Women's Liberation as a Financial Innovation

Moshe Hazan, David Weiss, Hosny Zoabi

Research output: Contribution to journalArticlepeer-review

10 Scopus citations

Abstract

In one of the greatest extensions of property rights in human history, common law countries began giving rights to married women in the 1850s. Before this “women's liberation,” the doctrine of coverture strongly incentivized parents of daughters to hold real estate, rather than financial assets such as money, stocks, or bonds. We exploit the staggered nature of coverture's demise across U.S. states to show that women's rights led to shifts in household portfolios, a positive shock to the supply of credit, and a reallocation of labor toward nonagriculture and capital-intensive industries. Investor protection thus deepened financial markets, aiding industrialization.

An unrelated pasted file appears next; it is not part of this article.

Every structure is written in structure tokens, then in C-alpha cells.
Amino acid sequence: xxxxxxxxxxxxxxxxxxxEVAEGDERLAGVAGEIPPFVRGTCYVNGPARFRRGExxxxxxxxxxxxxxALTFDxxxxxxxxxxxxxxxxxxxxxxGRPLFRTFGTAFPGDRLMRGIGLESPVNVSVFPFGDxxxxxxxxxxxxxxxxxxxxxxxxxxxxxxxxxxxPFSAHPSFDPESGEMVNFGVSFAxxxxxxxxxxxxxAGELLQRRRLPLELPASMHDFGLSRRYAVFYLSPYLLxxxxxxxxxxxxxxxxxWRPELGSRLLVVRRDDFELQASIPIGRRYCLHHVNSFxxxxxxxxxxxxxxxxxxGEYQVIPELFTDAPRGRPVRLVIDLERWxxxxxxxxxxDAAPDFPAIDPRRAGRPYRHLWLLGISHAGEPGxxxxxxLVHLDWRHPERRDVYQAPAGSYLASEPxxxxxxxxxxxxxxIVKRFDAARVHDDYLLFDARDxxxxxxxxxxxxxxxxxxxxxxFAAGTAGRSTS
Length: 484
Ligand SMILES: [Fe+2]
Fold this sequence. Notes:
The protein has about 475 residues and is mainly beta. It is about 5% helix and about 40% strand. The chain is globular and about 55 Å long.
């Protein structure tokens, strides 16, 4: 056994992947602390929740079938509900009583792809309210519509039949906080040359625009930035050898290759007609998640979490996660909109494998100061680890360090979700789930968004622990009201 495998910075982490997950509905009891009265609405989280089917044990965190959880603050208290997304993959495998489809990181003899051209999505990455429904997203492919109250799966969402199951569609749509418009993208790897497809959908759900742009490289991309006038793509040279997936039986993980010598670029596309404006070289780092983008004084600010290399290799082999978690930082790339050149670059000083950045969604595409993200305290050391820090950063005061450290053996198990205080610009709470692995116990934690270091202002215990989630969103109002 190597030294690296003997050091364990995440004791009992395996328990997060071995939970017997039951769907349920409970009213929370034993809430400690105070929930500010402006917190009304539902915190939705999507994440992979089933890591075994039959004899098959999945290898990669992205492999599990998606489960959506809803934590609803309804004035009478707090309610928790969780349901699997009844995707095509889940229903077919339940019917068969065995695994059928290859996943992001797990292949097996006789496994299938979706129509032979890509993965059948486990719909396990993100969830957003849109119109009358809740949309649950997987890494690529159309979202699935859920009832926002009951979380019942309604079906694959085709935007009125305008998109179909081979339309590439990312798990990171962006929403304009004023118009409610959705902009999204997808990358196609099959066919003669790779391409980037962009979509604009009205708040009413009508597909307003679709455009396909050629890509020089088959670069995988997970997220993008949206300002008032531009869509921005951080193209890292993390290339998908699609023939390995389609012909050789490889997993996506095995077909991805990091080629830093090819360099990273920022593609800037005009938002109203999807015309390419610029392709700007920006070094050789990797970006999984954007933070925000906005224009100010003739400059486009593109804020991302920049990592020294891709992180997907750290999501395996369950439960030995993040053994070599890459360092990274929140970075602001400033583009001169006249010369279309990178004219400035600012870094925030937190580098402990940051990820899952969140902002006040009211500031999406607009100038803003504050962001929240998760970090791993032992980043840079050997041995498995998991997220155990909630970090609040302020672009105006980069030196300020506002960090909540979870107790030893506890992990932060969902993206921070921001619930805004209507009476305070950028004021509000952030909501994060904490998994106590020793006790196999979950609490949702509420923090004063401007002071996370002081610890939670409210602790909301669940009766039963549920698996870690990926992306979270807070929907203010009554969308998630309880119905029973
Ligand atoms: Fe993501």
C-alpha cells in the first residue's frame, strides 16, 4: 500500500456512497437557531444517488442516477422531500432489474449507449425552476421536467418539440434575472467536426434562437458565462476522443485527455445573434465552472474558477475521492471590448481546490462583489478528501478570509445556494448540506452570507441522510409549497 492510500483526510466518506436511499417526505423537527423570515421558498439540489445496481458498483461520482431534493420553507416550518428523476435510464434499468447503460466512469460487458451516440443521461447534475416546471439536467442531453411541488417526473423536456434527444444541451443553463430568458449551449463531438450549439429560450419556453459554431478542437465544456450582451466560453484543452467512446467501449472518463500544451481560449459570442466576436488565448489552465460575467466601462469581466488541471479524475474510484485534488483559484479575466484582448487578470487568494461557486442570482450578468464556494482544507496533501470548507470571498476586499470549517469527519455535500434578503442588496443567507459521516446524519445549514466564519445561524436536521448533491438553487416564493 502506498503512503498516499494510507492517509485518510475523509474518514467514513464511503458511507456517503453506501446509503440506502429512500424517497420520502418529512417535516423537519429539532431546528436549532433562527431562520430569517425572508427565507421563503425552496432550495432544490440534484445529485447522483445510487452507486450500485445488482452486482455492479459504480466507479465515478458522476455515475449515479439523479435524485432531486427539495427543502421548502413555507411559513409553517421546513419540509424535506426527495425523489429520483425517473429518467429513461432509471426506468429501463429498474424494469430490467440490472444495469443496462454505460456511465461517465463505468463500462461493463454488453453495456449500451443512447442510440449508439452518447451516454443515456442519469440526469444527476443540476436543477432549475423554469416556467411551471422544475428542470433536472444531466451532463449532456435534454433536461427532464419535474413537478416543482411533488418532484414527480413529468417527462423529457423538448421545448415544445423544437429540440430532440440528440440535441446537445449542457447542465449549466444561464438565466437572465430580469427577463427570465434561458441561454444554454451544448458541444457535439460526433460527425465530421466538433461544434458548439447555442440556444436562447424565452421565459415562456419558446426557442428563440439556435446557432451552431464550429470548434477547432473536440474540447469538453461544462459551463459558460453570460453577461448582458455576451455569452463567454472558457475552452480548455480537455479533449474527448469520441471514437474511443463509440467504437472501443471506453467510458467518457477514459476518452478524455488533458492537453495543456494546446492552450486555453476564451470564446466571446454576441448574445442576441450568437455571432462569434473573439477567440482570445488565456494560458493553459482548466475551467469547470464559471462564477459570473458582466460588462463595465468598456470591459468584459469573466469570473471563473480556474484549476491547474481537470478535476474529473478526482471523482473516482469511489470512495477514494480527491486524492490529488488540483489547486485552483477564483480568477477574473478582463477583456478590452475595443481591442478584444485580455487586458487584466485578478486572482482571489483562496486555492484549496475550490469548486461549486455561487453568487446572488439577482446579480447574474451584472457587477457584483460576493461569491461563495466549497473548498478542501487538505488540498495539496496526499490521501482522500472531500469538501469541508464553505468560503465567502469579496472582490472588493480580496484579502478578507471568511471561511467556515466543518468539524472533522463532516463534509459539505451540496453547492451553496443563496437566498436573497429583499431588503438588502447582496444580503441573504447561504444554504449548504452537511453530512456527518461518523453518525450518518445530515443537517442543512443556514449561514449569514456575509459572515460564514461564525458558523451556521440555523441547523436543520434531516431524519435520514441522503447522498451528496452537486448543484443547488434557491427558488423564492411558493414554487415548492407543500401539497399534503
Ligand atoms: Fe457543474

Original languageEnglish
Pages (from-to)2915-2956
Number of pages42
JournalJournal of Finance
Volume74
Issue number6
DOIs
StatePublished - 1 Dec 2019

Funding

FundersFunder number
Pinhas Sapir Center
Israel Science Foundation1705/16
Russian Science Foundation5.3, 18-18-00466

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